China expands, the West waits
One of the most watched and most difficult car markets is China. The U.S. and European markets are essentially flat but China's growth is just starting, with the demand expected to increase 35 percent in the next decade.
The Chinese have been resisting exploitation, insisting on joint ventures with the intent on building their own skills and supporting industries. One of the earliest ventures was an American Motors Jeep plant, Beijing Jeep, now part of DaimlerChrysler. It builds Jeep Super Cherokees and BJ2020 series. As for the others, two VW plants have sold more than 200,000 cars each year, which represents a 60-percent domestic market share. Toyota is in negotiations for a small-car project. Ford has launched the Focus and the Puma Coupe and is pitching a sport-utility concept vehicle using fuel cells. And the Transit series jointly manufactured by Ford and Jiangling Motor Company has become the best-selling light commercial vehicles in China.
General Motors is a step ahead of the game, it seems. With the completion of the first Buick GL8 wagon, Shanghai General Motors (Shanghai GM) is the first automaker in China to make two distinct vehicles on the same production line. The GL8 wagon is the second product for Shanghai GM, the 50-50 joint venture of General Motors Corp. and Shanghai Automotive Industrial Corp. The wagon's spaciousness allows flexible seating for seven to eight passengers and can be easily converted into a bed, tea table or a spacious area to serve as a mobile office or a meeting room. The Buick GL8 shares the 3.0-liter V-6 engine with the Buick sedan, sized to meet tax requirements in China. The Buick sedan faces challenges from the Audi A6, jointly produced by the First Automotive Works and Volkswagen, and the Accord sedan made by Guangzhou Automobile Corp and Honda.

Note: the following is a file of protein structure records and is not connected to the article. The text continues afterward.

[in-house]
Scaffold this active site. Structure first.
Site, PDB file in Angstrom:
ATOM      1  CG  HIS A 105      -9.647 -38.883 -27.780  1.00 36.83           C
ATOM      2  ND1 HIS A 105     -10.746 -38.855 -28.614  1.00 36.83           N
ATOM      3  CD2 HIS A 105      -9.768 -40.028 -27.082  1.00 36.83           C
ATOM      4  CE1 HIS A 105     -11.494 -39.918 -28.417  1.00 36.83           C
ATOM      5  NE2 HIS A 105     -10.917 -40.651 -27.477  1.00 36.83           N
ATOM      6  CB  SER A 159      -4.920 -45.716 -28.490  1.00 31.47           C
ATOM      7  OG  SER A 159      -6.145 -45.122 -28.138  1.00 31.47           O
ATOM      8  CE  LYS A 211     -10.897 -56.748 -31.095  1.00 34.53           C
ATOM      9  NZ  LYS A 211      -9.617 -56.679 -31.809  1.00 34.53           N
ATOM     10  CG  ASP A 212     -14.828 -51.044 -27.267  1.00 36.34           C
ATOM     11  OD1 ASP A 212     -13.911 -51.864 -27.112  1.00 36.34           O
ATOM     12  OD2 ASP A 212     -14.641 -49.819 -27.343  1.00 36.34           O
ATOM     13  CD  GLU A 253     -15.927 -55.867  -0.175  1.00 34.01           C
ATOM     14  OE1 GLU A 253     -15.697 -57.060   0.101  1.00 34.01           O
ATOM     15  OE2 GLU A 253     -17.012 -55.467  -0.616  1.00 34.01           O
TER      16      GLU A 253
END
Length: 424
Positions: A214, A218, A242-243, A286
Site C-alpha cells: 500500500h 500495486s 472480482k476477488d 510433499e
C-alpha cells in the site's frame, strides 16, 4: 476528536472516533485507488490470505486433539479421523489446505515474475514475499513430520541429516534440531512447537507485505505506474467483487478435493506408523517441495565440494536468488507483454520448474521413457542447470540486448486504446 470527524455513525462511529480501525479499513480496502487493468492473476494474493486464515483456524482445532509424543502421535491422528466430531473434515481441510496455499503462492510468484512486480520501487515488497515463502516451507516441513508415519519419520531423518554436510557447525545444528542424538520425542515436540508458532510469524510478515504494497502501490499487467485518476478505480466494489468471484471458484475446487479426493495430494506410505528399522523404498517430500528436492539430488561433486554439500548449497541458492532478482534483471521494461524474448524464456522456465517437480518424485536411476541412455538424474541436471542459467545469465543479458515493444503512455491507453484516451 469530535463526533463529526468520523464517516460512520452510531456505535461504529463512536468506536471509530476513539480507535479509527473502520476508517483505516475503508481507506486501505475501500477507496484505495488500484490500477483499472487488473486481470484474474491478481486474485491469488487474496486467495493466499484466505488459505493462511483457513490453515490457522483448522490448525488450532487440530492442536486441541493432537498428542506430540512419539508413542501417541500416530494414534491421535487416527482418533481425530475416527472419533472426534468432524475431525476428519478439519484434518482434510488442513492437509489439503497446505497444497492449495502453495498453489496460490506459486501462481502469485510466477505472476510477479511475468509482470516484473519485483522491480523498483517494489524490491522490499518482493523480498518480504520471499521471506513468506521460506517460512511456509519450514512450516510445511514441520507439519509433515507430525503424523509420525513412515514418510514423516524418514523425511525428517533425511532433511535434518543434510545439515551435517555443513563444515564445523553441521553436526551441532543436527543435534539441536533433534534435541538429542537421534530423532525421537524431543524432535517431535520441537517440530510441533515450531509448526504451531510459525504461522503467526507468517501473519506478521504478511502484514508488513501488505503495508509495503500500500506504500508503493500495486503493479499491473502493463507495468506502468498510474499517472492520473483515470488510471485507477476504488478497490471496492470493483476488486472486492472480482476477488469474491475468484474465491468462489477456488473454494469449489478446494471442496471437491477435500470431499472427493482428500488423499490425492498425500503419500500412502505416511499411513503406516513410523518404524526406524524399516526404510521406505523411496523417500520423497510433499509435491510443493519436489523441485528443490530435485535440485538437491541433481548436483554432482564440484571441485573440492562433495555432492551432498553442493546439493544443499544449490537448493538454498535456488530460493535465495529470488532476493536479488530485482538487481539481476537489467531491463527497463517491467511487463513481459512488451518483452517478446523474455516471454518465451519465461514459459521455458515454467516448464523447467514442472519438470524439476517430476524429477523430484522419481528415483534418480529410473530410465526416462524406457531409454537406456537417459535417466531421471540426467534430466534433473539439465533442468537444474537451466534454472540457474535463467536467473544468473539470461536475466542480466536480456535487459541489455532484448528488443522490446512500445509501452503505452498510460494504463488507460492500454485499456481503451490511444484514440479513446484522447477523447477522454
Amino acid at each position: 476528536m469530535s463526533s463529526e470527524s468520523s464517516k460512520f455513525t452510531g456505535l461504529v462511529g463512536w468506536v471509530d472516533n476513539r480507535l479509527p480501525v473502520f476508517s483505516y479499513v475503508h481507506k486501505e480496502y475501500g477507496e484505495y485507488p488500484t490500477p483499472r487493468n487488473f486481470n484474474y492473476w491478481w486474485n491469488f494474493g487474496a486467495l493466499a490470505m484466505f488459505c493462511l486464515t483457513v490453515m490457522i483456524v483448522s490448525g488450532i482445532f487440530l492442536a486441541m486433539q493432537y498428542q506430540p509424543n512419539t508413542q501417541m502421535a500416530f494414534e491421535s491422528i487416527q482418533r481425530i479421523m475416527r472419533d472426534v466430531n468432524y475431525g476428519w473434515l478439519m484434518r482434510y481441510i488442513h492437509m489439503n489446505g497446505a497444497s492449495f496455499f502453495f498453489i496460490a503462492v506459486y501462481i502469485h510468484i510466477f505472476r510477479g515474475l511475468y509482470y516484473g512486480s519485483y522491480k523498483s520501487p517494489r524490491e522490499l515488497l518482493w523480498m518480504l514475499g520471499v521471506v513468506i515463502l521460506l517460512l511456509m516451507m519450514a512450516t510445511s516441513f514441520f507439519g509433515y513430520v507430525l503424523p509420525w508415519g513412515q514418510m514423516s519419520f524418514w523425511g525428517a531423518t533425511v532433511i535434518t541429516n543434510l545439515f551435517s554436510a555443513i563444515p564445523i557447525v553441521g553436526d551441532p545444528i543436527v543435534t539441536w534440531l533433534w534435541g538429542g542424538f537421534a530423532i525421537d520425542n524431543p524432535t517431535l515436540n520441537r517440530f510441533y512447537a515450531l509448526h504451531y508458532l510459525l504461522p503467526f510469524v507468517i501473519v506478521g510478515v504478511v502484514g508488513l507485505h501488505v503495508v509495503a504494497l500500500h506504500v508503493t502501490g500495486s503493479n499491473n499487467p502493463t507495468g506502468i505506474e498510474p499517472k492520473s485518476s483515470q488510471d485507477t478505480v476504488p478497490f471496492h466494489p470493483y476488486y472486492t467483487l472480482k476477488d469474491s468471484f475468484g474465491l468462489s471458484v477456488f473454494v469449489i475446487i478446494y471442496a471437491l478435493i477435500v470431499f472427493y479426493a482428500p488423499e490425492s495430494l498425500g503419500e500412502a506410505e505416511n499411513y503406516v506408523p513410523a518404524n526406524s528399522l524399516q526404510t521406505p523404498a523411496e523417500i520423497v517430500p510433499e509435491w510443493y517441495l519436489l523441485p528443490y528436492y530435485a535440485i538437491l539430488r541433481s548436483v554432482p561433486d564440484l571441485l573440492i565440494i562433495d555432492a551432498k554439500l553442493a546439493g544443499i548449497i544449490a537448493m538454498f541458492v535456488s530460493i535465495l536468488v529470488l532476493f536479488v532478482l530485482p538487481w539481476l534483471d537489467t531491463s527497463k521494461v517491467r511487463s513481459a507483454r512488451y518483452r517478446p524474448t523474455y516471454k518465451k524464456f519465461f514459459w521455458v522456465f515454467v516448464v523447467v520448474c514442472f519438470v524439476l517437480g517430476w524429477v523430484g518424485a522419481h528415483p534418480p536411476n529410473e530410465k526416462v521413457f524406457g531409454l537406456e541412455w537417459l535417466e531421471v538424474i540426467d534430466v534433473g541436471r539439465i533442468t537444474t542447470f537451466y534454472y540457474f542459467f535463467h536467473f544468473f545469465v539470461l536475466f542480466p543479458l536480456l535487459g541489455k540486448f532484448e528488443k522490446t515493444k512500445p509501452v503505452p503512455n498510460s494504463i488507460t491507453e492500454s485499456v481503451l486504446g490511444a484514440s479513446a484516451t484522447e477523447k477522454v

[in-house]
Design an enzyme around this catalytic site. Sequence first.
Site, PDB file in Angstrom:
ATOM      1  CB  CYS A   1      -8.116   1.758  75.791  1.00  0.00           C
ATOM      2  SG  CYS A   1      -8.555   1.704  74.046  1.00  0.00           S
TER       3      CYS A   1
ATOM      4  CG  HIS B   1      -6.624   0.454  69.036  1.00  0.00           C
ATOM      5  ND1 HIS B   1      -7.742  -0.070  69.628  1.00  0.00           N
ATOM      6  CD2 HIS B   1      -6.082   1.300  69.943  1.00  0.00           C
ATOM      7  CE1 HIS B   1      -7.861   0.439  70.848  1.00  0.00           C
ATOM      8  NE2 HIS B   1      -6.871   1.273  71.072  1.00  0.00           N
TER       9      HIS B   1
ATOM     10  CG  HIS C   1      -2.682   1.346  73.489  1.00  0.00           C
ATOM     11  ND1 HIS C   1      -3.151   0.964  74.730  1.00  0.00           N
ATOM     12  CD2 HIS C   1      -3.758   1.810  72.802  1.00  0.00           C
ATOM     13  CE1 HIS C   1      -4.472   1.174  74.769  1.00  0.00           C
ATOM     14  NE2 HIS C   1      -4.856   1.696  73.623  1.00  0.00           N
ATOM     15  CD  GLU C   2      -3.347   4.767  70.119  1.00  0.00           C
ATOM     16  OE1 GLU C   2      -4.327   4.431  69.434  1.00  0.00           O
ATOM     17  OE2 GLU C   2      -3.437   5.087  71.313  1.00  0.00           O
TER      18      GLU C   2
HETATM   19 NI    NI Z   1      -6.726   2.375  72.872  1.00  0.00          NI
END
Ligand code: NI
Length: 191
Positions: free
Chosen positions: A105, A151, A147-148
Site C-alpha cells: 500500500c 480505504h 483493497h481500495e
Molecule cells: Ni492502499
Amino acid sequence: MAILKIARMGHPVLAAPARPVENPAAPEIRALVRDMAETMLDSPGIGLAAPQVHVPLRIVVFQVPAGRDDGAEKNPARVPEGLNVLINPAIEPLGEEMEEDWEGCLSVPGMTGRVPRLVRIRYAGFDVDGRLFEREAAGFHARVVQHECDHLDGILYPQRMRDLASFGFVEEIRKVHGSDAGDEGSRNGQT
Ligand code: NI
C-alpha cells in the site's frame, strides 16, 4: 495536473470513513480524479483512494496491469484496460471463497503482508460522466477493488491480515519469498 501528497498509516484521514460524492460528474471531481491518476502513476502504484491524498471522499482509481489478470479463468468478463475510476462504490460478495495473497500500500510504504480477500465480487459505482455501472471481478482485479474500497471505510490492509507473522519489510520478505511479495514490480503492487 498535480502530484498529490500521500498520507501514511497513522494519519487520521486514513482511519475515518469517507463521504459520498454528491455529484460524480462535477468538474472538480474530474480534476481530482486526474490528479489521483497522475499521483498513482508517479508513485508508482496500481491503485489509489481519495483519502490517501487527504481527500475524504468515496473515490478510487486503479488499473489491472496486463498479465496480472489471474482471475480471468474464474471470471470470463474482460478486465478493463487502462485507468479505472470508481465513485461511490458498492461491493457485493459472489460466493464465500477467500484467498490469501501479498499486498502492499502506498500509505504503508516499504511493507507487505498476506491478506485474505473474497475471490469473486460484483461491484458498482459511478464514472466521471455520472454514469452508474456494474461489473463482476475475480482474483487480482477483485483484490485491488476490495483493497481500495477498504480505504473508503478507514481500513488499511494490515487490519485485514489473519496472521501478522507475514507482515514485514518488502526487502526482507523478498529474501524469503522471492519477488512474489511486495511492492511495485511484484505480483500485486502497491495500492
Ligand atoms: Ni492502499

There is a historical aspect to the venture. Buicks were built in Canada and in the years before World War II, Buick components were shipped to Spain, Belgium, England, Australia and Java, where assembly was completed. Buick made its name in China as early as 1929, and the last emperor of China drove a Buick. Now, Buick expects to make some 50,000 vehicles in China — a long way down the road from those first ambassadors.
Marketing, the eternal frontier
Image branding has become a popular means of enhancing sales, and clothing suppliers Eddie Bauer and Orvis have arrangements with Ford and Jeep, respectively. (Does anyone remember the Levis Gremlins and Pacers?)
Now Subaru of America and L.L. Bean have entered into a multi-year, strategic marketing partnership. A 2001 Subaru Outback Limited Special L.L. Bean Edition will be available in the United States and Canada. The Special L.L. Bean Edition will feature an exclusive L.L. Bean appearance package, badging and a special 1-800 customer assistance number.
In the more mainstream market, Lands' End, the largest online seller of apparel, has launched an Online Custom Store for Saturn Corporation. The Saturn Online Custom Store will be accessible via the Internet to over 400 Saturn retailers nationwide.
Saturn owners have the opportunity to purchase Lands' End Saturn signature apparel at their local Saturn Retail Stores. The Saturn Custom Store will offer a broad selection of business casual apparel for men and women including mesh shirts, denim shirts, cotton sweaters and Polartec jackets with the Saturn signature.
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